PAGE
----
Amit Shah says people in Karnataka have 'made up their minds' to oust Siddaramaiah govt
BJP president Amit Shah claimed that the people of Karnataka have made up their minds to 'throw out' the Siddaramaiah government in the Assembly polls.
Mysuru: BJP president Amit Shah on Saturday claimed that the people of Karnataka have made up their minds to "throw out" the Siddaramaiah government in the Assembly polls slated for 12 May, as they were "disappointed" with it on several fronts, especially corruption.
Shah, who is on a tour of Mysuru, Mandya and Ramanagara districts, said that his party would put up a good show during the polls in the old Mysuru region.
Electoral contest in old Mysuru region has been between the Congress and the Janata Dal (Secular) which is led by former prime minister HD Deve Gowda. The BJP could not secure even a single seat in these districts in the previous polls.
Hassan, Chamarajnagar, Mysuru, Mandya and Ramanagara fall under old Mysuru region.
"The people of Karnataka have made up their minds to throw out the Siddaramaiah government. They are disappointed with it on many fronts, with corruption being the main issue. The relationship between corruption and Congress party is akin to water and fish," Shah said.
"The Karnataka government is like an 'ATM' for the Congress to indulge in corruption," he said, and alleged that this relationship of corruption has only been expedited by the Siddaramaiah government.
Shah said the JD(S) was not in a position to form a government because it can only win a few seats, and the BJP was the only party which can defeat the Congress.
Alleging that all parameters of development under the Siddaramaiah government were on the ebb, he said, "Though Bengaluru is mopping up revenue in good numbers, it is not percolating down to smaller cities and villages."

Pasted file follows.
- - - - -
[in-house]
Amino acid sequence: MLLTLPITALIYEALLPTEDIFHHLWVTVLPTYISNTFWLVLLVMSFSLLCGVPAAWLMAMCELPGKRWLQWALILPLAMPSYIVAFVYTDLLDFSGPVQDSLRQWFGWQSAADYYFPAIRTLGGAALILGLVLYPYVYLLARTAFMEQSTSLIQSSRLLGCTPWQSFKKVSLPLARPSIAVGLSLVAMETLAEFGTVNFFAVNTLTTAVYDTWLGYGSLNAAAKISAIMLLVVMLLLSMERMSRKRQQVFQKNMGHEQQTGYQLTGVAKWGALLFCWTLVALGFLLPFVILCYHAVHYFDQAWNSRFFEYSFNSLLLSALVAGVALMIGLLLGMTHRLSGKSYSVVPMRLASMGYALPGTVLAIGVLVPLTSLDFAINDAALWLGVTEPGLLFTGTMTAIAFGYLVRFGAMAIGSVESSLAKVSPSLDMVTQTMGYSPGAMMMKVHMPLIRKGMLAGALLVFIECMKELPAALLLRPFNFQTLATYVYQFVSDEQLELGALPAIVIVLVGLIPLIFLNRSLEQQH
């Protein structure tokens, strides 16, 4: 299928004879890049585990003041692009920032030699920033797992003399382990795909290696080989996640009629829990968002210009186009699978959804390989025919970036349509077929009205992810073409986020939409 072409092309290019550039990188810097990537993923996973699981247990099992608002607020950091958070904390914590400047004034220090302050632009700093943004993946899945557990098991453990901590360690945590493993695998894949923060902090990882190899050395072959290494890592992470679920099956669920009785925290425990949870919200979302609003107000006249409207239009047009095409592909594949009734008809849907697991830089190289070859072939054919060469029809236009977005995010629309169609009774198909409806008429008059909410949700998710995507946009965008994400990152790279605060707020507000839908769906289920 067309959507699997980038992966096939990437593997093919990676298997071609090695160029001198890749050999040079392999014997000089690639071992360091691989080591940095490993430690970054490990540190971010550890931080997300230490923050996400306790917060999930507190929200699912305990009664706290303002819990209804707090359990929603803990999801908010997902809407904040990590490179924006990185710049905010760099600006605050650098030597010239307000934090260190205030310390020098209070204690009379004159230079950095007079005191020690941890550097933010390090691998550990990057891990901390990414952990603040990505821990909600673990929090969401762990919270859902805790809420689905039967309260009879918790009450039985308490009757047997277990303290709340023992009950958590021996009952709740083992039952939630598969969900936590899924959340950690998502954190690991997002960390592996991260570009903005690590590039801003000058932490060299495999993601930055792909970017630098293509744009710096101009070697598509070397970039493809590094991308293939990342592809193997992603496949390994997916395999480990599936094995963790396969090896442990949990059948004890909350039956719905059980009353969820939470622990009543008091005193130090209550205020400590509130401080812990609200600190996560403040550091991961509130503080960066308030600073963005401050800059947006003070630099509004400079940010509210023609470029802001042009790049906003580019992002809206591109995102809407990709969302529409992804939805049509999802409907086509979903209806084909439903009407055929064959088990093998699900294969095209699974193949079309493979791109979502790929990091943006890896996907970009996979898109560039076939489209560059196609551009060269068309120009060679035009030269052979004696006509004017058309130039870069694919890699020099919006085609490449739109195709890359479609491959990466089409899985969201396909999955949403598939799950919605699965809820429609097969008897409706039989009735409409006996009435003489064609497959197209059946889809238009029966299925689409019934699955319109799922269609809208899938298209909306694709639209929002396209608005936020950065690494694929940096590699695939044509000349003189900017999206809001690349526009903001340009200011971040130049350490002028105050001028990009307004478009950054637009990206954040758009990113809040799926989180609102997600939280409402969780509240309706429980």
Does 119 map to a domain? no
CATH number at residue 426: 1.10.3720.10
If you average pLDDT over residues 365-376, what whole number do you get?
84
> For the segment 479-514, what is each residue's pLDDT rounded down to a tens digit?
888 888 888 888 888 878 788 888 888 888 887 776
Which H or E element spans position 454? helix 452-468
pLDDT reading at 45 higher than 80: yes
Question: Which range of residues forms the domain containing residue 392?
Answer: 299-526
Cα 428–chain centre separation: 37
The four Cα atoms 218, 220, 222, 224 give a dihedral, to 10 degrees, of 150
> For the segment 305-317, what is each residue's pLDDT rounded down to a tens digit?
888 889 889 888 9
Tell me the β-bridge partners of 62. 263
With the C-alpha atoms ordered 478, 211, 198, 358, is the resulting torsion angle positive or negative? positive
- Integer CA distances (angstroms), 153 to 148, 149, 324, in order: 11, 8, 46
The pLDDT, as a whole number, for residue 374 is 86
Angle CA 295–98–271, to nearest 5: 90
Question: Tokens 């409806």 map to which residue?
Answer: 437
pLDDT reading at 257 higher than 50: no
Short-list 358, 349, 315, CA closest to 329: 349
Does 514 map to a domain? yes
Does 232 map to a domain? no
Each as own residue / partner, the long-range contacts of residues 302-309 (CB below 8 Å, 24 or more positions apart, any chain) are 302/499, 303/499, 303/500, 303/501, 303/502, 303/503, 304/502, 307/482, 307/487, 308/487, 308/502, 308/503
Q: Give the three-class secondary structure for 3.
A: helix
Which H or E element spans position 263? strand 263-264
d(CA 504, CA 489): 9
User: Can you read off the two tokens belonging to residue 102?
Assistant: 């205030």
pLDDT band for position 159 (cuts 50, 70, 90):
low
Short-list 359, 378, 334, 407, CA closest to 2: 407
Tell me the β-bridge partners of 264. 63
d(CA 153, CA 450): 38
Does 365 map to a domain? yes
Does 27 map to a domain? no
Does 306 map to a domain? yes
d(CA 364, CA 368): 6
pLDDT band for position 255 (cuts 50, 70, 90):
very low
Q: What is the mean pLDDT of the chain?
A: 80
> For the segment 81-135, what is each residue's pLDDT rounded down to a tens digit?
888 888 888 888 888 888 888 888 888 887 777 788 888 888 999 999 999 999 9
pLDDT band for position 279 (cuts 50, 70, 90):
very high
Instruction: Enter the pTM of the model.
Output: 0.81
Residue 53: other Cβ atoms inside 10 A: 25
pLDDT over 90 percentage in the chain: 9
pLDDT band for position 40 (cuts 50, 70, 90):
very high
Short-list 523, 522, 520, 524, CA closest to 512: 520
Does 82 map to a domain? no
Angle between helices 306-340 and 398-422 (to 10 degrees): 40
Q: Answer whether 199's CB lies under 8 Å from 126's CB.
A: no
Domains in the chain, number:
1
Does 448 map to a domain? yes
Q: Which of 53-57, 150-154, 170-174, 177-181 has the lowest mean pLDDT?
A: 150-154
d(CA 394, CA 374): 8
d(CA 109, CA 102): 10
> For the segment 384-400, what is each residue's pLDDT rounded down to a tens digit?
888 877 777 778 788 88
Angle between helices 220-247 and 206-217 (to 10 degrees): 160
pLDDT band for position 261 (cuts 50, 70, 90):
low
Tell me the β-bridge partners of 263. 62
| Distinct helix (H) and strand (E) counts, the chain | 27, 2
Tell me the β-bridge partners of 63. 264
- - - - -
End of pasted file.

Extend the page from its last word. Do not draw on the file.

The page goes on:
On farmer suicide, the BJP president said, "As many as 3,500 farmers have committed suicide and Siddaramaiah is terming these as minor incidents. In my political life, I have never come across such an irresponsible statement on farmers' suicides."
To a query, Shah said the Congress government in the state was raking up the issue of religious minority tag for Lingayats to prevent BS Yeddyurappa from becoming chief minister after the polls and for dividing the community.
Yeddyurappa is a Lingayat strongman and the BJP's chief ministerial candidate for the coming Karnataka Assembly polls 2018.
"This is a nefarious strategy of the Siddaramaiah government for political gains. Had Siddaramaiahji been serious about giving minority status to Lingayats, he should have done it in the early stages of his five-year term. Why now, after four-and-a-half years?" Shah asked and claimed that the UPA government had rejected a similar proposal in 2013.
In a move with major electoral ramifications ahead of the Assembly elections, the Karnataka Cabinet earlier in March decided to recommend to the Centre grant of religious minority tag to Lingayat and Veerashaiva Lingayat community, who follow the philosophy of 12th century social reformer Basaveshwara.
Asked about the BJP-led central government's stand on the minority tag to Lingayats, Shah said, "We haven't yet received the proposal in the administrative format. Why don't you ask this state government why it has not sent it so far?"
BJP does not raise such emotional issues during elections as any comment on it highly impacts voters, he said adding that his party would make its stand on the matter known after the election.
Asked whether there would be the same strategy for Karnataka polls as was followed in the Assembly elections in the northeastern states, Shah said, "There are different strategies for different states. It depends on a particular state's dynamics."
"The win in Karnataka will open the gates for the BJP to make inroads in south India," he said.
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